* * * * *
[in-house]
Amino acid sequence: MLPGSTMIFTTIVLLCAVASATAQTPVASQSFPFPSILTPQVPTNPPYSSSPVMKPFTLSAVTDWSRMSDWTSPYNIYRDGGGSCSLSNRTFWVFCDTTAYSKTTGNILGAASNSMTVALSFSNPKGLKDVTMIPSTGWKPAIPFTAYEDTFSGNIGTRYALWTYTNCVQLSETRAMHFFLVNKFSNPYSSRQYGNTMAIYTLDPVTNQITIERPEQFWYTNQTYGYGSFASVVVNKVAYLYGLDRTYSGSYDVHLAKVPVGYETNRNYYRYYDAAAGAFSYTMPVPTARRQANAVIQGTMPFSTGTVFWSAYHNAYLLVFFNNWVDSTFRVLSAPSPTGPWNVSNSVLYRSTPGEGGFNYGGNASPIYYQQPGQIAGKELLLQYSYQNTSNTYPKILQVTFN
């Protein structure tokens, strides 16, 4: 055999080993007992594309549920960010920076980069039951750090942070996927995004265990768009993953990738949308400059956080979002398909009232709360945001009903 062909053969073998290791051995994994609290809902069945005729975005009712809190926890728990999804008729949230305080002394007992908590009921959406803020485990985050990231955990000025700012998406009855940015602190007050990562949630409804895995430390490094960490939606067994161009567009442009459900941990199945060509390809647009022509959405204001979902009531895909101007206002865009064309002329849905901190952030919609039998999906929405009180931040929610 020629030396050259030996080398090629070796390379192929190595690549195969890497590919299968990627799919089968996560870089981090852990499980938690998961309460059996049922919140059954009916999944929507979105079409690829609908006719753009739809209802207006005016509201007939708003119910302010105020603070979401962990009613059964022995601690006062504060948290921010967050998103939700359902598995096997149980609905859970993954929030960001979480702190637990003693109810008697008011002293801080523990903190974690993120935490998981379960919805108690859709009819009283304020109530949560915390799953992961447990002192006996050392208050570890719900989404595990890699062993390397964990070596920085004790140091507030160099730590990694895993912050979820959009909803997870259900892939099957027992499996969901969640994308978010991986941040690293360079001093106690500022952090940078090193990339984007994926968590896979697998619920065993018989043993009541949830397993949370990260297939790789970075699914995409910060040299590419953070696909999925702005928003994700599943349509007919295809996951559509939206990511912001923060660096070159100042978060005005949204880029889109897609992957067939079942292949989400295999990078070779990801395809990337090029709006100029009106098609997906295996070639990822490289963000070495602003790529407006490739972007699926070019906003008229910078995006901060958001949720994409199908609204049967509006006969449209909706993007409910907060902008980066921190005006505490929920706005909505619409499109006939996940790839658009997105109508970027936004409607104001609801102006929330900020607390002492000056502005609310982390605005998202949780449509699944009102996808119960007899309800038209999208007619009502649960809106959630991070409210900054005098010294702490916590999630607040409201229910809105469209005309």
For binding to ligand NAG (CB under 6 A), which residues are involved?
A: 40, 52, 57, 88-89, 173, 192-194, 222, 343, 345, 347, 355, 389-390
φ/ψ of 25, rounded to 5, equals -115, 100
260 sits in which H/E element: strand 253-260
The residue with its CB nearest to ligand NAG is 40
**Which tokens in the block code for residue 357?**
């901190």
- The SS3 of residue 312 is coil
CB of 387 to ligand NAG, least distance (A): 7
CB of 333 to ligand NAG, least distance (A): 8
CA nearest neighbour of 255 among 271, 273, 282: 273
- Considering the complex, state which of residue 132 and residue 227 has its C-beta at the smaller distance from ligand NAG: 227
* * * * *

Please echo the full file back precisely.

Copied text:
[in-house]
Amino acid sequence: MLPGSTMIFTTIVLLCAVASATAQTPVASQSFPFPSILTPQVPTNPPYSSSPVMKPFTLSAVTDWSRMSDWTSPYNIYRDGGGSCSLSNRTFWVFCDTTAYSKTTGNILGAASNSMTVALSFSNPKGLKDVTMIPSTGWKPAIPFTAYEDTFSGNIGTRYALWTYTNCVQLSETRAMHFFLVNKFSNPYSSRQYGNTMAIYTLDPVTNQITIERPEQFWYTNQTYGYGSFASVVVNKVAYLYGLDRTYSGSYDVHLAKVPVGYETNRNYYRYYDAAAGAFSYTMPVPTARRQANAVIQGTMPFSTGTVFWSAYHNAYLLVFFNNWVDSTFRVLSAPSPTGPWNVSNSVLYRSTPGEGGFNYGGNASPIYYQQPGQIAGKELLLQYSYQNTSNTYPKILQVTFN
């Protein structure tokens, strides 16, 4: 055999080993007992594309549920960010920076980069039951750090942070996927995004265990768009993953990738949308400059956080979002398909009232709360945001009903 062909053969073998290791051995994994609290809902069945005729975005009712809190926890728990999804008729949230305080002394007992908590009921959406803020485990985050990231955990000025700012998406009855940015602190007050990562949630409804895995430390490094960490939606067994161009567009442009459900941990199945060509390809647009022509959405204001979902009531895909101007206002865009064309002329849905901190952030919609039998999906929405009180931040929610 020629030396050259030996080398090629070796390379192929190595690549195969890497590919299968990627799919089968996560870089981090852990499980938690998961309460059996049922919140059954009916999944929507979105079409690829609908006719753009739809209802207006005016509201007939708003119910302010105020603070979401962990009613059964022995601690006062504060948290921010967050998103939700359902598995096997149980609905859970993954929030960001979480702190637990003693109810008697008011002293801080523990903190974690993120935490998981379960919805108690859709009819009283304020109530949560915390799953992961447990002192006996050392208050570890719900989404595990890699062993390397964990070596920085004790140091507030160099730590990694895993912050979820959009909803997870259900892939099957027992499996969901969640994308978010991986941040690293360079001093106690500022952090940078090193990339984007994926968590896979697998619920065993018989043993009541949830397993949370990260297939790789970075699914995409910060040299590419953070696909999925702005928003994700599943349509007919295809996951559509939206990511912001923060660096070159100042978060005005949204880029889109897609992957067939079942292949989400295999990078070779990801395809990337090029709006100029009106098609997906295996070639990822490289963000070495602003790529407006490739972007699926070019906003008229910078995006901060958001949720994409199908609204049967509006006969449209909706993007409910907060902008980066921190005006505490929920706005909505619409499109006939996940790839658009997105109508970027936004409607104001609801102006929330900020607390002492000056502005609310982390605005998202949780449509699944009102996808119960007899309800038209999208007619009502649960809106959630991070409210900054005098010294702490916590999630607040409201229910809105469209005309």
For binding to ligand NAG (CB under 6 A), which residues are involved?
A: 40, 52, 57, 88-89, 173, 192-194, 222, 343, 345, 347, 355, 389-390
φ/ψ of 25, rounded to 5, equals -115, 100
260 sits in which H/E element: strand 253-260
The residue with its CB nearest to ligand NAG is 40
**Which tokens in the block code for residue 357?**
């901190």
- The SS3 of residue 312 is coil
CB of 387 to ligand NAG, least distance (A): 7
CB of 333 to ligand NAG, least distance (A): 8
CA nearest neighbour of 255 among 271, 273, 282: 273
- Considering the complex, state which of residue 132 and residue 227 has its C-beta at the smaller distance from ligand NAG: 227